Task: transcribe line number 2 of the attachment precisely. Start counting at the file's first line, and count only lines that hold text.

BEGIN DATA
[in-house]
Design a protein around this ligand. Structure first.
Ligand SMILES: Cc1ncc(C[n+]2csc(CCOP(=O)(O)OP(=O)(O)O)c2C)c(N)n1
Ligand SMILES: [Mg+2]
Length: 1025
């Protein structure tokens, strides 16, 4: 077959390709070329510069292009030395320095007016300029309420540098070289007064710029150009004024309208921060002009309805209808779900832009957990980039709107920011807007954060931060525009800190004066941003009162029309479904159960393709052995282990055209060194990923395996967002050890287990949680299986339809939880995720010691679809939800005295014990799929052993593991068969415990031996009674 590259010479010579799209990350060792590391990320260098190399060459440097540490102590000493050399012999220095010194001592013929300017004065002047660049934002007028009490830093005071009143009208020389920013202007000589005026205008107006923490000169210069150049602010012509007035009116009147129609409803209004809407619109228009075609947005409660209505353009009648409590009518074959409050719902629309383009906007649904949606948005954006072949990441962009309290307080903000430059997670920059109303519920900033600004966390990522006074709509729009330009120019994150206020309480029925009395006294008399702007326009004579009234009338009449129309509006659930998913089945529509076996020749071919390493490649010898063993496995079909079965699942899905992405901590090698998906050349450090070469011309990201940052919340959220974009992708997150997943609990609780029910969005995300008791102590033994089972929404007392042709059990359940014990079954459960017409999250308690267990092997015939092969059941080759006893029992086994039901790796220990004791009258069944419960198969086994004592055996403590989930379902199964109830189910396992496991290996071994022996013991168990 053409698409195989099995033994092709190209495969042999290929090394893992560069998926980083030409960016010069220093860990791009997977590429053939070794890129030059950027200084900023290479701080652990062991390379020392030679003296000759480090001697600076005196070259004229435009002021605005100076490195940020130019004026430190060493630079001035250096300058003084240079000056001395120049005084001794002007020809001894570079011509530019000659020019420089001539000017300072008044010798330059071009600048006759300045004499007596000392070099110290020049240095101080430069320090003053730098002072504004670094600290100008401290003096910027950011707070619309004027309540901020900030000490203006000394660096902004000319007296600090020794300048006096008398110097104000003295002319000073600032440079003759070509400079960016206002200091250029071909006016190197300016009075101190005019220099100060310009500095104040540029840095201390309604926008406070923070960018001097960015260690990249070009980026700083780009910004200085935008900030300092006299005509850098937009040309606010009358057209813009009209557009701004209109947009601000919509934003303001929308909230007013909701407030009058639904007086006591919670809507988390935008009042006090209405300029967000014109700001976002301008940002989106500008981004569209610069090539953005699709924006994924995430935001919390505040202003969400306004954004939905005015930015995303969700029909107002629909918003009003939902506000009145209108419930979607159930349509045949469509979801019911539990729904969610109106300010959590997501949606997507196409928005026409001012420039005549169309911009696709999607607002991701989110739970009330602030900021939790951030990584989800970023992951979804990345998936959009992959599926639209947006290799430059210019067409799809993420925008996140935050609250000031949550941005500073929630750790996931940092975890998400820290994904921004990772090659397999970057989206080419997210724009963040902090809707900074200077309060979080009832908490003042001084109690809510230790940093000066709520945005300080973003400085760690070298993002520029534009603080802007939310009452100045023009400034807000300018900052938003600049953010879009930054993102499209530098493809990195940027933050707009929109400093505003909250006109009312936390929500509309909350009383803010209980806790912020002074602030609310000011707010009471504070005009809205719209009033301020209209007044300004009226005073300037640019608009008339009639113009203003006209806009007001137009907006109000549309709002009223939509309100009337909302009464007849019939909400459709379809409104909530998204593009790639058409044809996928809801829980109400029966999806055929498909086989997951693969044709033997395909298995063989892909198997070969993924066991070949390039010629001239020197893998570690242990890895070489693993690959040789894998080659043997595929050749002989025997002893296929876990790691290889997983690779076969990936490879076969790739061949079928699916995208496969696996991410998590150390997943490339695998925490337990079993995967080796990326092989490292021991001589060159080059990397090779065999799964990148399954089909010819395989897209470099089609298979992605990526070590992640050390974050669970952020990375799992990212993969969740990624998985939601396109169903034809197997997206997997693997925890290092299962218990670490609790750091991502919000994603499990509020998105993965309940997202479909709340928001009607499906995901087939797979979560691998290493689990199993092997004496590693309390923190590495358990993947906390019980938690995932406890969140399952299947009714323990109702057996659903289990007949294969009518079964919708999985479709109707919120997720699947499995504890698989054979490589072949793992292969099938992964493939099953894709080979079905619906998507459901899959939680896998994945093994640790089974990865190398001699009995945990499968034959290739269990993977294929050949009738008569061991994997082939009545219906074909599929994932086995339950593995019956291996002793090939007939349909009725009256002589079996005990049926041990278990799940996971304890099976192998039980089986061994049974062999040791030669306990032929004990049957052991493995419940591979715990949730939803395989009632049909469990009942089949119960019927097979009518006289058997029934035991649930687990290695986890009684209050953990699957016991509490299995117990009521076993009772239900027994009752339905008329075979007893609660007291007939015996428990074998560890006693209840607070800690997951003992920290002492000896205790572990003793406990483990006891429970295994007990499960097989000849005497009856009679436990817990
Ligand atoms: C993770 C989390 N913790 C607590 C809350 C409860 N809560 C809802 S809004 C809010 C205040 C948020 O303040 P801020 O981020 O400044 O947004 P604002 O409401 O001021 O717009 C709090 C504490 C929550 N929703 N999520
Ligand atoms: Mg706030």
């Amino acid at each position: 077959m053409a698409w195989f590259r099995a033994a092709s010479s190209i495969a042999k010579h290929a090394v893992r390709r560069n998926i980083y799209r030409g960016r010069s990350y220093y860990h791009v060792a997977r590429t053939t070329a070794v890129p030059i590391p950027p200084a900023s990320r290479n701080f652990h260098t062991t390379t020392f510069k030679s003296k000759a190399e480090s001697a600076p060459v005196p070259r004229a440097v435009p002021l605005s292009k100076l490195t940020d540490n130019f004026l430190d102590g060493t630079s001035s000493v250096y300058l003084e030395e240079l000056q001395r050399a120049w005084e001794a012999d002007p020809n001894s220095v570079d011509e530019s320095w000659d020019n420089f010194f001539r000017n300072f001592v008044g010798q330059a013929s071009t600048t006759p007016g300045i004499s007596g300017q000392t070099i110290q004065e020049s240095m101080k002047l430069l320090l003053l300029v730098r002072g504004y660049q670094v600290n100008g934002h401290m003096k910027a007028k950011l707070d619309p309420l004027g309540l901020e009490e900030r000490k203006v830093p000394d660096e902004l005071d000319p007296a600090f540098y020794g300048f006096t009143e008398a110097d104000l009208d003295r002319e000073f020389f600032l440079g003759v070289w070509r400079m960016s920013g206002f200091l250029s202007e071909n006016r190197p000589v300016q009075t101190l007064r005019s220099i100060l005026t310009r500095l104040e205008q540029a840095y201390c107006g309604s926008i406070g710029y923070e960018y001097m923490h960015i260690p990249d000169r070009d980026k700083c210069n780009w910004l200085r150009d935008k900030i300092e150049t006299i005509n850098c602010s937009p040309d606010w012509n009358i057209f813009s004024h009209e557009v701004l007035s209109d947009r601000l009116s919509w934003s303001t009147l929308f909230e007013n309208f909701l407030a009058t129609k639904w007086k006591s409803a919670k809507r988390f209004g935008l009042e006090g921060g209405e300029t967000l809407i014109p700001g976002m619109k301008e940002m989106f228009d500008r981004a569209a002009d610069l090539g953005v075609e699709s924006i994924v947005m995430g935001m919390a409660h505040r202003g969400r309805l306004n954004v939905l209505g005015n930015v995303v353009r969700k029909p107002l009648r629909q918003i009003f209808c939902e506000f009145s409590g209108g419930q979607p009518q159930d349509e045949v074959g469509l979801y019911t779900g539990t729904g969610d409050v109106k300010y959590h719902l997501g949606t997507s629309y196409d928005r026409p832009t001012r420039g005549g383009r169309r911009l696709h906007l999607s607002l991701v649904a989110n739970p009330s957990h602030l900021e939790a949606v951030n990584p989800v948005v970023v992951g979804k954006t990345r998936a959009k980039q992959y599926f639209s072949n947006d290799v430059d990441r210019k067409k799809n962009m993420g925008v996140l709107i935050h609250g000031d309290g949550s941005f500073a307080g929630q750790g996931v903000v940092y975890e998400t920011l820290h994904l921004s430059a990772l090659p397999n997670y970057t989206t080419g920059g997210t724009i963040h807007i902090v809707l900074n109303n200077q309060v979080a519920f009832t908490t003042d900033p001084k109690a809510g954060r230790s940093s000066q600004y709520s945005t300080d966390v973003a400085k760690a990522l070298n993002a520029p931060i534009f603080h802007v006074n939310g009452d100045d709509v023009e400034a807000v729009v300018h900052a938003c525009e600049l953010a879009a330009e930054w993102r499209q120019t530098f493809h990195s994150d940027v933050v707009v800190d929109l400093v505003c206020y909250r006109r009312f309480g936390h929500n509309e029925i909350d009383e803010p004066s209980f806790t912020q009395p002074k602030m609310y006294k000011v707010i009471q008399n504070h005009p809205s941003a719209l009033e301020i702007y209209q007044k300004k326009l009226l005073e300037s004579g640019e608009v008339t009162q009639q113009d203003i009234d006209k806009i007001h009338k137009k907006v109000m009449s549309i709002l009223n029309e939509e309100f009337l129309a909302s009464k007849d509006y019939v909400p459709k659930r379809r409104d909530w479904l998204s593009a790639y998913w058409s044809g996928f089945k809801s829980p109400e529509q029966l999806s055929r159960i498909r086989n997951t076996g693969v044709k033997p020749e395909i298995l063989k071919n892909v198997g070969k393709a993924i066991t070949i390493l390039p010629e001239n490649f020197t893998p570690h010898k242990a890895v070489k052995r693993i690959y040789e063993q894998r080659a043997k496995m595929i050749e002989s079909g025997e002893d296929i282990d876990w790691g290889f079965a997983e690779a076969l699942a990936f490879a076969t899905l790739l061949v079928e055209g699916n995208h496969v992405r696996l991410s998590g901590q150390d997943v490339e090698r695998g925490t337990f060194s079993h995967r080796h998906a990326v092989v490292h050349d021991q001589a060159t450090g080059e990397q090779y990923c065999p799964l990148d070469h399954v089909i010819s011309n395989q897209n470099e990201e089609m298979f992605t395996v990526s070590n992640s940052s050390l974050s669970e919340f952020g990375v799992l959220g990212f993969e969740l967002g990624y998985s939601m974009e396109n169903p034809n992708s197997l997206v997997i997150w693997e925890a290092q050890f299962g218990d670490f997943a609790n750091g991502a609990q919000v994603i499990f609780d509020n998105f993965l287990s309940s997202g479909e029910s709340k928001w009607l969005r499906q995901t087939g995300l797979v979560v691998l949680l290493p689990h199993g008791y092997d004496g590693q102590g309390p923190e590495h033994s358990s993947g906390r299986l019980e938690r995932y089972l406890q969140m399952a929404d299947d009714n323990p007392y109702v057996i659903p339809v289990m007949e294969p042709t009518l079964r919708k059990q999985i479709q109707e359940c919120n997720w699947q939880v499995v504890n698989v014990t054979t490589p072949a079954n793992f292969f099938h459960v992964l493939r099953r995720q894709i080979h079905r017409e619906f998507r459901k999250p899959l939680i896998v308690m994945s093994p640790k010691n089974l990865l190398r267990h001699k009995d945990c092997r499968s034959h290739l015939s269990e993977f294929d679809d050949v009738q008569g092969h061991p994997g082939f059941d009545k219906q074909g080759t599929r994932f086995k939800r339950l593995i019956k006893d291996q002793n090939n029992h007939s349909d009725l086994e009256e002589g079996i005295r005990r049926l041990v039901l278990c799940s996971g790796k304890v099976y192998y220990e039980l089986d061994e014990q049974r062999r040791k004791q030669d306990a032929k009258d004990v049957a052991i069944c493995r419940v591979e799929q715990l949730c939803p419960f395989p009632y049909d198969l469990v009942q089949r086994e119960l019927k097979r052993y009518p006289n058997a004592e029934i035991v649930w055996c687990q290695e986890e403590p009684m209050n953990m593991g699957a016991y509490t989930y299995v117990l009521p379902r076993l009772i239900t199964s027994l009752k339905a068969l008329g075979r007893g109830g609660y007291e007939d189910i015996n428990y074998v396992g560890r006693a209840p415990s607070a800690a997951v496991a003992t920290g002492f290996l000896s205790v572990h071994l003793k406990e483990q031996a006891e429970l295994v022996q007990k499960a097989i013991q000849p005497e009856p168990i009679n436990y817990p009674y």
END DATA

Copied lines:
Design a protein around this ligand. Structure first.